Top 10 Careers In The Legal Industry Explained

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If you’re drawn to a career in law, then it’s worth exploring all the occupations available to you. We’ve put together a list of some of the most common legal careers and their job descriptions as an example of how diverse this industry can be.

The best place to start is by identifying your interests and strengths, once you’ve done that the next step would be to research the jobs available in your field of interest; keep reading to learn more about where a career in law could take you.


A solicitor is a legal practitioner who represents clients in civil and criminal cases. A solicitor is a specialist in a field of law, differing from a barrister, who is a specialist in the field of advocacy. A solicitor provides advice and assistance to clients in matters involving the law. They may be employed by private individuals or corporate bodies, or they may work as independent practitioners.

They can help you with a wide range of issues, from setting up a business to buying a house, and even helping you deal with health care issues. Solicitors use their knowledge to help clients find solutions to their problems within the framework of case law, statute, and regulation. This skill is key to their practice. Solicitors work at many different types of firms and in many different areas of practice.

BARBRI can help prepare you for legal qualification as a solicitor in England and Wales through the SQE Prep which gives you the opportunity to practise law in this jurisdiction and open the door to many of the top legal careers in the industry.


Lawyers who are barristers specialise in advocacy and representing clients in court. Most barristers are self-employed and specialise in one area of the law, although some may have a more general and wide-ranging practice. If you’re interested in becoming a barrister then your first step is to complete an undergraduate degree, after this you need The Bar Practice Course (BPC) a postgraduate course that allows you to train and prepare as a barrister in England and Wales. Finally, you’ll need to secure and complete one year of training as an apprentice (known as being in “pupillage”).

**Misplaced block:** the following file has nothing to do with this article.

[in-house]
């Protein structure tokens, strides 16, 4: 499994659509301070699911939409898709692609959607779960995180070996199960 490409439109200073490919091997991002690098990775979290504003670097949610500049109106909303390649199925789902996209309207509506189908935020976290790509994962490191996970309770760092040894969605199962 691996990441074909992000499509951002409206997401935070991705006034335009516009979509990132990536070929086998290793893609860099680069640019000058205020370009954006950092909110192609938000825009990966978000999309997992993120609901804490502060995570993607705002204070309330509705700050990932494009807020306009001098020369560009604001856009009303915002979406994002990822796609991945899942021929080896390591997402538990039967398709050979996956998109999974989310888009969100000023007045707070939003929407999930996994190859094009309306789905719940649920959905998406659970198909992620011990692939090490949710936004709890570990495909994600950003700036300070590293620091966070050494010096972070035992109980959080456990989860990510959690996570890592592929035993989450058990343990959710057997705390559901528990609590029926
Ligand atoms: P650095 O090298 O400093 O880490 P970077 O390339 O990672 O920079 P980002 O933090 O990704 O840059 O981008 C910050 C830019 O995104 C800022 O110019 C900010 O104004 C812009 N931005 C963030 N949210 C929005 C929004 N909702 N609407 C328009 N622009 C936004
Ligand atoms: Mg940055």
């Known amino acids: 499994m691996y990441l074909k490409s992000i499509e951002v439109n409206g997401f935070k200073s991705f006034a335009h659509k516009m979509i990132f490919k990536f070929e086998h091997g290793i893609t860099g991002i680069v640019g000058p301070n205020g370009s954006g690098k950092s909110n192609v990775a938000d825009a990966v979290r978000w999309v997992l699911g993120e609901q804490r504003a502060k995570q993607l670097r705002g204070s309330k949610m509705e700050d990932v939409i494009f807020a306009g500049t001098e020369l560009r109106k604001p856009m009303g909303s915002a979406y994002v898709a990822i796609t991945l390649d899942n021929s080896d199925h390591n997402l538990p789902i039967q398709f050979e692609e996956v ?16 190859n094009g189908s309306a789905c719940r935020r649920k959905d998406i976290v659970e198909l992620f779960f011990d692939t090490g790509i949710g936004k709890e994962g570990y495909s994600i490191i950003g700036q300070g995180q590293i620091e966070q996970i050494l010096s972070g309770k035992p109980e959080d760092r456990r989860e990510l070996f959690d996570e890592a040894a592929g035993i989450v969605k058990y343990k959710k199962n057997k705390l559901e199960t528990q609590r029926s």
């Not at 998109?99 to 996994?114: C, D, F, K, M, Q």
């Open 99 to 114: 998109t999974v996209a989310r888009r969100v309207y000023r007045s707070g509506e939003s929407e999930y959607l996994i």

It’s important to note that it’s an incredibly competitive field and work may be sporadic in the early stages of your career.


Paralegals aren’t lawyers, and aren’t not allowed to give legal advice, but they do legal work such as, legal research, drafting documents, admin and assisting lawyers with their cases. Many paralegals go on to pursue a career as a solicitor, as the role of a paralegal is so varied it provides a good stepping-stone to qualification and satisfies the Qualifying Work Experience (QWE) requirement of qualification via the Solicitors Qualifying Exam (SQE).

You can find jobs in law firms or corporations (or even government offices). If you are looking for a tool to search for and track your QWE experience as a paralegal, we recommend the QWE Journal developed by our partners, Flex Legal.

Chartered legal executive

A chartered legal executive is authorised to practice law and specialise in a specific field of the law. They perform reserved legal work alongside solicitors or CILEx practitioners. To become a chartered legal executive, you must complete the CILEx Professional Qualification (CPQ).